If females were freed of baby-rearing duties, would they turn promiscuous?

This question has been nagging me since I read evolutionary biologist Robert Trivers’ theory. He says males get maximum reproductive advantage with minimal investment, while females invest a great deal of energy and effort for few offspring. This biological cost-benefit imbalance pushes females to be cautious in their choice of mates while males philander.

What would happen if these sexual roles were switched? If males were left holding the babies, would they be faithful to one partner? Freed of responsibilities, would females become promiscuous and brawny?

Male sea horses incubate their young in belly pouches. I expected female sea horses to solicit sex from other males. But I was wrong. Males are apparently so eager to get pregnant, they compete with each other by snapping their heads at each other and wrestling with their tails while females coyly watch the outcome of these masculine brawls.

Although they can produce eggs within a matter of hours of meeting males, females play hard to get, demanding several days of courtship, says Heather Masonjones of University of Tampa, Florida. They deposit eggs in males’ pouches where they are fertilised and incubated. Pregnant fathers pump oxygen, nutrition, and sea water for the growing embryos. Females do nothing further than check on their mates every day, but they appear to be devoted to their mates. The unusual incubating arrangement doesn’t seem to make any difference to sex roles.

If Trivers’ theory is right, male sea horses ought to be choosy and play hard to get, and females would be promiscuous. Was Trivers wrong then?

Masonjones measured the amount of oxygen the genders burn up, to calculate energy consumption.

Despite all the hard work, males spend only half the energy that females do. Females exhausted from making one male pregnant aren’t in a hurry to check out other males. Although sea horses swap incubation duties, they appeared to be monogamous — some through one breeding season, others for life.

But pipefish, close relatives of sea horses, behaved differently. They share the same incubating arrangement as sea horses, yet female pipefish are promiscuous while males are choosy. Why did one fit into Trivers’ theory so neatly, while other behaved contrary to expectations? I looked more closely through scientific literature on sea horses.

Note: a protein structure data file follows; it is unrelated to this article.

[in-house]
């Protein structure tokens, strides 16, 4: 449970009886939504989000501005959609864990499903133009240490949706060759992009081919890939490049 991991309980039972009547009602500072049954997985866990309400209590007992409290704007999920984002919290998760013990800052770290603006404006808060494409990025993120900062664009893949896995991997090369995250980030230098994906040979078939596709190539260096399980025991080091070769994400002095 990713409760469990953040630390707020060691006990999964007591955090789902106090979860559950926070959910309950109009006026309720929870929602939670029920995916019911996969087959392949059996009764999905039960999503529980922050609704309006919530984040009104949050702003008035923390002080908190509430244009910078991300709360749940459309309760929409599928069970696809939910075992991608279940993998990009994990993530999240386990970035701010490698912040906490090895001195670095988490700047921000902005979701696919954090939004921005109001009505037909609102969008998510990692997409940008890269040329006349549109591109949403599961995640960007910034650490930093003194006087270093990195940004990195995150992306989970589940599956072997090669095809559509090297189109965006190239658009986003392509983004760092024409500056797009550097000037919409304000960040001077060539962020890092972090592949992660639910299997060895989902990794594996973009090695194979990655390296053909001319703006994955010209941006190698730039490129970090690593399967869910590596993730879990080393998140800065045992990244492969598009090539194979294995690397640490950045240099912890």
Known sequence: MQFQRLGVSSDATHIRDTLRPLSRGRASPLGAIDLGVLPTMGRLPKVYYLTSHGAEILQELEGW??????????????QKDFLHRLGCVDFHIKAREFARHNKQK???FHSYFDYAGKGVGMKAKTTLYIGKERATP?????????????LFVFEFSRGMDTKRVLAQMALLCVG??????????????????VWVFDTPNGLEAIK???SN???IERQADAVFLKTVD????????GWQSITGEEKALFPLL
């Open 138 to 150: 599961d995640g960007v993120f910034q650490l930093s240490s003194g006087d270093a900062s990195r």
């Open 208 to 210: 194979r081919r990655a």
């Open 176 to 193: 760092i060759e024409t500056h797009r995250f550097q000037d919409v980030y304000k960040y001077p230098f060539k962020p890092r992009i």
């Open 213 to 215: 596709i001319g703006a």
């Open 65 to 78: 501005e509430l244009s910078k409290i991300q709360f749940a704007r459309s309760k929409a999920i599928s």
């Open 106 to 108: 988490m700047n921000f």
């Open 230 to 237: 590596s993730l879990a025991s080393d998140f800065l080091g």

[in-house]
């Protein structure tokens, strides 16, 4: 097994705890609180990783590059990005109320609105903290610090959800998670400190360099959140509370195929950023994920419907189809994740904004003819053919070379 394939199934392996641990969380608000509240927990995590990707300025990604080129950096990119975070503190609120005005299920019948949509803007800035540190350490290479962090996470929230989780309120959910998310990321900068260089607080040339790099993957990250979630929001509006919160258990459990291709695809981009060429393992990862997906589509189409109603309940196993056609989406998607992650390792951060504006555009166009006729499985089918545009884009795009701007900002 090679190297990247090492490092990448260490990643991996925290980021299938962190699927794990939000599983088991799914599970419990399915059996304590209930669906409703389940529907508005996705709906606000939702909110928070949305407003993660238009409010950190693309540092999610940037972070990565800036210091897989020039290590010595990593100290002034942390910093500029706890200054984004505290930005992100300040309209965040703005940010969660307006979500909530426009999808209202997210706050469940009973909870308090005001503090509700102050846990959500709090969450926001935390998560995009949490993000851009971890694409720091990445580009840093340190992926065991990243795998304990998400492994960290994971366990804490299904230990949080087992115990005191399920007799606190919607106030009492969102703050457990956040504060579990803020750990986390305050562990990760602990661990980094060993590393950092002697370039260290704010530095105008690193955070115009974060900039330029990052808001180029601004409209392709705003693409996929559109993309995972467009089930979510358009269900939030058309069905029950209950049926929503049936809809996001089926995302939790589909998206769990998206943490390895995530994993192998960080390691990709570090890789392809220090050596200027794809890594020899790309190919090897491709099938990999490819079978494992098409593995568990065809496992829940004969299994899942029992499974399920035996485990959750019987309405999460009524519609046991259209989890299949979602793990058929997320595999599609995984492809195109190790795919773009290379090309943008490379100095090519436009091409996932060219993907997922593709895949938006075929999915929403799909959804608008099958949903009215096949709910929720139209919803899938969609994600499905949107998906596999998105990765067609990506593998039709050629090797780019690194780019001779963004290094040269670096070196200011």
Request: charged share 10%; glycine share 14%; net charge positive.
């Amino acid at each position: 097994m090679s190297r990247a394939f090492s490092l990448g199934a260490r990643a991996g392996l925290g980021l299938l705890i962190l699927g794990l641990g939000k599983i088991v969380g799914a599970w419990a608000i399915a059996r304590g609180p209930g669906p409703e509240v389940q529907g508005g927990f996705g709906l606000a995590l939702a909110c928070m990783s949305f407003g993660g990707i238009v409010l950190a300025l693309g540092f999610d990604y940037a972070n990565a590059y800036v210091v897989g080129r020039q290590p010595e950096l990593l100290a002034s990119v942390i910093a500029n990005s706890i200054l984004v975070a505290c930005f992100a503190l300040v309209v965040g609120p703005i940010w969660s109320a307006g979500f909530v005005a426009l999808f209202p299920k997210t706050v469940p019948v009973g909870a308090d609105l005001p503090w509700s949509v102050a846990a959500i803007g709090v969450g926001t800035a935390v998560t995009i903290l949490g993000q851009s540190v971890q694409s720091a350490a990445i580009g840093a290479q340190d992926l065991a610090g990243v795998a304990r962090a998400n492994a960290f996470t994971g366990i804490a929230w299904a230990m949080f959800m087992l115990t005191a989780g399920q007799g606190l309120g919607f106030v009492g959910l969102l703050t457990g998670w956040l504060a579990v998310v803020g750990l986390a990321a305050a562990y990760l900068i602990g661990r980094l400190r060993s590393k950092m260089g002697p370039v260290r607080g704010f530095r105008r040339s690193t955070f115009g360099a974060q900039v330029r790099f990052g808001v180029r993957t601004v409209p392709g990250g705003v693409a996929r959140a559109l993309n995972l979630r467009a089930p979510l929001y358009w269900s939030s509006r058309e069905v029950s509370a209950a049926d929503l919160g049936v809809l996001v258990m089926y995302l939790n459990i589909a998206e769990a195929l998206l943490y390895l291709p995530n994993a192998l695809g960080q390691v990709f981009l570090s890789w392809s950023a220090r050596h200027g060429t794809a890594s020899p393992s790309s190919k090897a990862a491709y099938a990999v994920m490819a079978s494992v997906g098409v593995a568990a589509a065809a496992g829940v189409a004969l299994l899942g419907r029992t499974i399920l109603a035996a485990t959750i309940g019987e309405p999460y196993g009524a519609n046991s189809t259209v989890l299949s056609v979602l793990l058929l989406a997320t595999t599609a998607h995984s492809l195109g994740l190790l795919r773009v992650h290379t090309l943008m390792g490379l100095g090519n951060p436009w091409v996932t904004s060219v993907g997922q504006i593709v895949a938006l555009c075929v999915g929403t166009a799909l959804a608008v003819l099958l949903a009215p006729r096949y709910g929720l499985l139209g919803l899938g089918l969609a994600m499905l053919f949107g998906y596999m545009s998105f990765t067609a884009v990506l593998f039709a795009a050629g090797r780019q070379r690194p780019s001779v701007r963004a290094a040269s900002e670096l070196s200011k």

Some are monogamous, while many others don’t fall into any particular pattern. They live in groups, forge short-term and long-term relationships, and both males and females switch partners. Biologists continue to puzzle over other factors that may influence sea horses’ sexual roles so I switched my attention to birds.

Sex role reversal is found in about two per cent of bird species. These are not weird or rare creatures, but common ones like buttonquails, emus, and some species of jacanas, plovers, and coucals.

Usually male birds are prettier, sporting flamboyant tails, colours, and crests. But in sex reversed species, females are generally larger and more attractive. They court males, lay eggs, and leave their mates to incubate them and rear babies, while they go off to find other males.

Why would males that have it easy give up their freedom to take on maternal duties while freeing females to play the field? Several theories have been suggested: the nature of the creature’s life history, availability of food, predation of offspring, and traveling between breeding sites.

In 2008, Hanna Kokko of University of Helsinki, Finland, and Michael Jennions of The Australian National University came up with another theory: Adult sex ratio influences mating system. In March this year, András Liker of the University of Sheffield, U.K., and his colleagues showed the theory had merit among a range of shorebirds.

If adult females outnumbered adult males in a species, then females were the child rearers. If males were numerous, they raised young while females gallivanted.

All this leads me to question whether caring and nurturing tendencies are innately feminine. They seem to be dictated by numbers, and supply and demand.


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